The highway’s jammed with broken heroes on a last-chance power-drive. Everybody’s out on the run tonight but there’s no place left to hide. There’s nothing left but that most dangerous thing of all, hope. The whole point of the song is that no matter how fast they move or how hard they dream, the Jersey boys and girls have no way of moving up to even the next rung of the ladder. The only thing Bruce can offer Wendy is ‘Someday’, the never-day when they get to go to that place where they really wanna go, that place they have not yet and maybe never will define even to themselves, except that once there they will walk in the sun.
But until then, as they always were and ever will be, they are tramps and they were born to run just to stay alive.
And the repetitions do nothing but reinforce it.
The song doesn’t fade out, it runs to a frantic stop on the back of Springsteen’s whooping and hollering ‘Oh-woah-woah-woah’, articulacy died, emotions too much for words, roared back at him in concerts by 50,000 throats en masse, the collective heart breaking through that separation to run with the man who put all this into word and sound, brilliantly.
If there is a criticism to be made it’s that this song has a degree of artificiality to it. Degree? Bruce is going all out for the big one here, mythologising like mad, but it’s a calculated attempt to create something massive, something mind-blowing, to blow off not just our socks but, Charlie Brown on the mound-like, everything down to our underwear. And the criticism is unimportant because the song succeeds wildly, because we go along with it because we want something like that in our lives, we want things to be like this, mysterious and strange, an encoded version of a life we never quite get to live. We want the strangeness and the exaggeration, we want the girl with whom we’d die on the streets in an ever-lasting kiss. We are not so much seduced by Springsteen’s vision as throwing ourselves into its arms, naked and wanting. Could life really be this excessive? And above all else the song triumphs over any reservations about its artificial aspect because the band believe, by god they believe, and they throw themselves into playing the damn heart out of this, until at the end there is no resistance, and we are Bruce, looking into the heart of the sun, those glorious yet resigned whoa-oa-oas leading us to the song’s only point of stillness, it’s end, are beyond irresistible.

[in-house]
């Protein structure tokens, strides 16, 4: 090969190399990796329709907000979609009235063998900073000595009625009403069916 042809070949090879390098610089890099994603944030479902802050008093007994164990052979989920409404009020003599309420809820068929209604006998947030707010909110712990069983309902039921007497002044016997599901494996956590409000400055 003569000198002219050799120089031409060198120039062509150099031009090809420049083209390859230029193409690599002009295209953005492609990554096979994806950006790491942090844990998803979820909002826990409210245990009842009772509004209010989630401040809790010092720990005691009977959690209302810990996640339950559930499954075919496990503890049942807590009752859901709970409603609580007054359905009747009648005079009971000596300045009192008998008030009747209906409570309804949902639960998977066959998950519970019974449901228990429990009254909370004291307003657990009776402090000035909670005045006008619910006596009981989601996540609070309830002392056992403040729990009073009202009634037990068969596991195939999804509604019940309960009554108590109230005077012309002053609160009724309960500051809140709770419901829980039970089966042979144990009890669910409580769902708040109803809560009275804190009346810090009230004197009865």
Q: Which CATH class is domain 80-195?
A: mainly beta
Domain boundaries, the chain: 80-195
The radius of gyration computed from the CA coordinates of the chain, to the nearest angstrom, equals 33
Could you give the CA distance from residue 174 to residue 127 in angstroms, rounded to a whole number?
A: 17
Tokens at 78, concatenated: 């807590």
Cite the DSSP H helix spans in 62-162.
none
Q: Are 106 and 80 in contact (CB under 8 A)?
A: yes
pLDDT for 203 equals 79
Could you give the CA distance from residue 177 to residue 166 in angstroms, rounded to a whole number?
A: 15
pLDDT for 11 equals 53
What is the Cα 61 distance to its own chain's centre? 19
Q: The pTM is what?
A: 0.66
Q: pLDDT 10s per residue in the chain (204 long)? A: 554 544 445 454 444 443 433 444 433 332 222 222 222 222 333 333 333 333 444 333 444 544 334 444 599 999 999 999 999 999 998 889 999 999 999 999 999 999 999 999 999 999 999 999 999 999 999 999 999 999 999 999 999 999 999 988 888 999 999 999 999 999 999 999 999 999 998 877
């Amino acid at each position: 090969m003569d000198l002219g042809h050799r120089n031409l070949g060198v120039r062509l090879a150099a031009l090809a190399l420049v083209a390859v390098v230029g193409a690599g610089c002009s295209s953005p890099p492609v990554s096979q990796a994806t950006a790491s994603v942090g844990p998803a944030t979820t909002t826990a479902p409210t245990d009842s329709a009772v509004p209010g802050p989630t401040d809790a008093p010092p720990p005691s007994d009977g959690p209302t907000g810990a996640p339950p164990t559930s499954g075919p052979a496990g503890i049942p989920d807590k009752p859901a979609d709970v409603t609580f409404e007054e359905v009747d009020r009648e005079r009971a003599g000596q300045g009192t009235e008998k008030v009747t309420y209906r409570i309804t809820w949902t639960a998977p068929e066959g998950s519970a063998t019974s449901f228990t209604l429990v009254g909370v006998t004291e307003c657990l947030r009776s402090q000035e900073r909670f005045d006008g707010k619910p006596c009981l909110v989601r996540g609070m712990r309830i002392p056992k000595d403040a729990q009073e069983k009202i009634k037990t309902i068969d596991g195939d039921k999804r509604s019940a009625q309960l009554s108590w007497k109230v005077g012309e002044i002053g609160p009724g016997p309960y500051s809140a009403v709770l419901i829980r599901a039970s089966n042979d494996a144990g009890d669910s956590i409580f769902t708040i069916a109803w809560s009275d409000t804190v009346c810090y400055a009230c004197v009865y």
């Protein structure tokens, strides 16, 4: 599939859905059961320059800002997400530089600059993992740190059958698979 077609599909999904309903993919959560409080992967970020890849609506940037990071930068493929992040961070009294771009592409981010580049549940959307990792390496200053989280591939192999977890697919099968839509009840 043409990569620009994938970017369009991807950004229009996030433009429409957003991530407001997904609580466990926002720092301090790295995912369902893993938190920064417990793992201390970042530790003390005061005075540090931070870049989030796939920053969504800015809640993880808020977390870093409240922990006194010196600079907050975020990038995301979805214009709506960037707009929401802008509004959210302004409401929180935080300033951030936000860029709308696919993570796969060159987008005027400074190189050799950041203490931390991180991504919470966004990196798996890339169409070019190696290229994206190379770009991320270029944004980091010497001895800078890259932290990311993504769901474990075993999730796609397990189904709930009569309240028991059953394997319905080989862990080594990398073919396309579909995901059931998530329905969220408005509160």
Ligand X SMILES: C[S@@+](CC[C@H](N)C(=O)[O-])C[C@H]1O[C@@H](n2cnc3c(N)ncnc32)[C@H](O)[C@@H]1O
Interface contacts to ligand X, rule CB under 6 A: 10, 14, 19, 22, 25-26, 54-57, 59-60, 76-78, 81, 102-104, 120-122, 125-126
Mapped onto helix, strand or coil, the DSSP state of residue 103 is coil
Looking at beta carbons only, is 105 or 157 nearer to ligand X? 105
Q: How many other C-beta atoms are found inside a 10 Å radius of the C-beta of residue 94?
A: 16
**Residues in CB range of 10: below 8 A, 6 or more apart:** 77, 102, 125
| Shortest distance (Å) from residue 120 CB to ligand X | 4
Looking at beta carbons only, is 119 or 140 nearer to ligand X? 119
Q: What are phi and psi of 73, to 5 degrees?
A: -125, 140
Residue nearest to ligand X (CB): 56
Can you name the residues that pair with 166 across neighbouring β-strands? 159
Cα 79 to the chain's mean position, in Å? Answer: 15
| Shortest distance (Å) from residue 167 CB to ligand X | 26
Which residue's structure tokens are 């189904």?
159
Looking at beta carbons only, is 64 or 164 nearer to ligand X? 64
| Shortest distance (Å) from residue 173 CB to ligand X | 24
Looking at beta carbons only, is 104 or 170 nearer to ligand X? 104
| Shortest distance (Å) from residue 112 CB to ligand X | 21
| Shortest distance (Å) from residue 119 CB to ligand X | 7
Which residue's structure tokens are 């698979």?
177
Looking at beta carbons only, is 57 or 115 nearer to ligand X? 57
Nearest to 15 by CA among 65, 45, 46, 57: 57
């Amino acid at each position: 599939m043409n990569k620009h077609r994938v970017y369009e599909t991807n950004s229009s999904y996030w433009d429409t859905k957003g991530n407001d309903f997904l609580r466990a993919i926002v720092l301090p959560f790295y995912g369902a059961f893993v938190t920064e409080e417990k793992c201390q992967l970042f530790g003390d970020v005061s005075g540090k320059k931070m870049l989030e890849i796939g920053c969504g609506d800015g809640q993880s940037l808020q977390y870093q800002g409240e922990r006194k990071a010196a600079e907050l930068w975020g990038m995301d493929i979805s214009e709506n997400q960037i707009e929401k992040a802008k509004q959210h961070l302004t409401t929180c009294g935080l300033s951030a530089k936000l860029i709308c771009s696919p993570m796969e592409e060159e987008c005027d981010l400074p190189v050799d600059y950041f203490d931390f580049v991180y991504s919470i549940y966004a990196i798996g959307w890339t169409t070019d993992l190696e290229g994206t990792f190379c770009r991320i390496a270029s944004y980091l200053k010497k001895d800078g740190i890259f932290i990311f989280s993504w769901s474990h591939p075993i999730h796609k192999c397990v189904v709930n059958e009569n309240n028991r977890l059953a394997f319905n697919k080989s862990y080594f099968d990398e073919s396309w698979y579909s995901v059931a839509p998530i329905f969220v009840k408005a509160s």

This isn’t a song, it’s a lifetime, and we wanna live there.

2 thoughts on “The Infinite Jukebox: Bruce Springsteen’s ‘Born to Run’

  1. Back in Asbury Park in the late ’60s, you were either a fan of Bruce Sprinsteen’s Steel Mill or you were a fan of Joe Rubin’s New Menthol Phome (no points for guessing which was the psychedelic band). A friend and I went to see Steel Mill once and they were SO LOUD that we stuffed cotton so deep into our ears that it had to be removed by a doctor with forceps. And, yet I’d seen The Who at the Fillmore East from the 6th row. Jefferson Airplane, who were even louder, but didn’t have the rep., from about the same spot. Ditto, Blue Cheer, who we’d once heard rehearse from the other side of The Hudson River (not a stream). In a few years, we’d be sitting in front of Johnny Ramone’s Marshall stacks at CBGBs. (There’s a reason why I’m clinically deaf.) But Steel Mill’s noise was somehow more painful. And we were New Menthol Phome fans, anyway. Rubin’s tight outfit was a lot like Jeff Beck’s quintet (with Nicky Hopkins) in those days, anyway. I guess you always stick with your tribe, because they only other time I saw Springsteen was when my girlfriend of the time wanted to go to a No Nukes benefit.

  2. Tribes: you can never get away from them. I love The Beatles, and I’ve a lot of time for The Searchers, and other Merseybeat songs but deep down inside they were from Liverpool and i am from Manchester. Sure, we had the Hollies, but we also had Herman’s Hermits and Freddie and the Dreamers (I used to know Freddie Garrity’s daughter when I was in my first post-qualification job: nice girl). It took till Joy Division and The Buzzcocks to feel we’d outdone the Scousers.